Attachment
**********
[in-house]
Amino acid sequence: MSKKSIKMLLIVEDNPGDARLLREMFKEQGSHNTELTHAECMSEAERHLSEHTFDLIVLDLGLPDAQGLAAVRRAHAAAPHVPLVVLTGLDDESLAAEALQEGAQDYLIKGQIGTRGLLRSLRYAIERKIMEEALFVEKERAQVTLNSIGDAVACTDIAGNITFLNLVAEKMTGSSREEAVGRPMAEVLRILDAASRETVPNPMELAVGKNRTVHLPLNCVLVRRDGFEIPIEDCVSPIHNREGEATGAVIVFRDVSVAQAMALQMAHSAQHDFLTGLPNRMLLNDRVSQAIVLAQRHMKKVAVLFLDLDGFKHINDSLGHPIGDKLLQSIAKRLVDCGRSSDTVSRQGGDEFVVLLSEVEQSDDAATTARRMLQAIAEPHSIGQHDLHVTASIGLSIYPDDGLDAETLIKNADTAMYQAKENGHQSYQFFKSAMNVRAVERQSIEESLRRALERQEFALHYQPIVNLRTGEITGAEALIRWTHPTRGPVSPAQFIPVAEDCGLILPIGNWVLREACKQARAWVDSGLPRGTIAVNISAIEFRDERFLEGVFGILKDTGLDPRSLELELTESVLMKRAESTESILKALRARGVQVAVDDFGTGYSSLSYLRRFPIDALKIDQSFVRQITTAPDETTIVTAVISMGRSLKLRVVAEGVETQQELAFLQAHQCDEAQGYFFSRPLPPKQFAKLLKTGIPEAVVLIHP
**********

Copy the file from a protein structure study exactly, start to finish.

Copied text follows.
[in-house]
Amino acid sequence: MSKKSIKMLLIVEDNPGDARLLREMFKEQGSHNTELTHAECMSEAERHLSEHTFDLIVLDLGLPDAQGLAAVRRAHAAAPHVPLVVLTGLDDESLAAEALQEGAQDYLIKGQIGTRGLLRSLRYAIERKIMEEALFVEKERAQVTLNSIGDAVACTDIAGNITFLNLVAEKMTGSSREEAVGRPMAEVLRILDAASRETVPNPMELAVGKNRTVHLPLNCVLVRRDGFEIPIEDCVSPIHNREGEATGAVIVFRDVSVAQAMALQMAHSAQHDFLTGLPNRMLLNDRVSQAIVLAQRHMKKVAVLFLDLDGFKHINDSLGHPIGDKLLQSIAKRLVDCGRSSDTVSRQGGDEFVVLLSEVEQSDDAATTARRMLQAIAEPHSIGQHDLHVTASIGLSIYPDDGLDAETLIKNADTAMYQAKENGHQSYQFFKSAMNVRAVERQSIEESLRRALERQEFALHYQPIVNLRTGEITGAEALIRWTHPTRGPVSPAQFIPVAEDCGLILPIGNWVLREACKQARAWVDSGLPRGTIAVNISAIEFRDERFLEGVFGILKDTGLDPRSLELELTESVLMKRAESTESILKALRARGVQVAVDDFGTGYSSLSYLRRFPIDALKIDQSFVRQITTAPDETTIVTAVISMGRSLKLRVVAEGVETQQELAFLQAHQCDEAQGYFFSRPLPPKQFAKLLKTGIPEAVVLIHP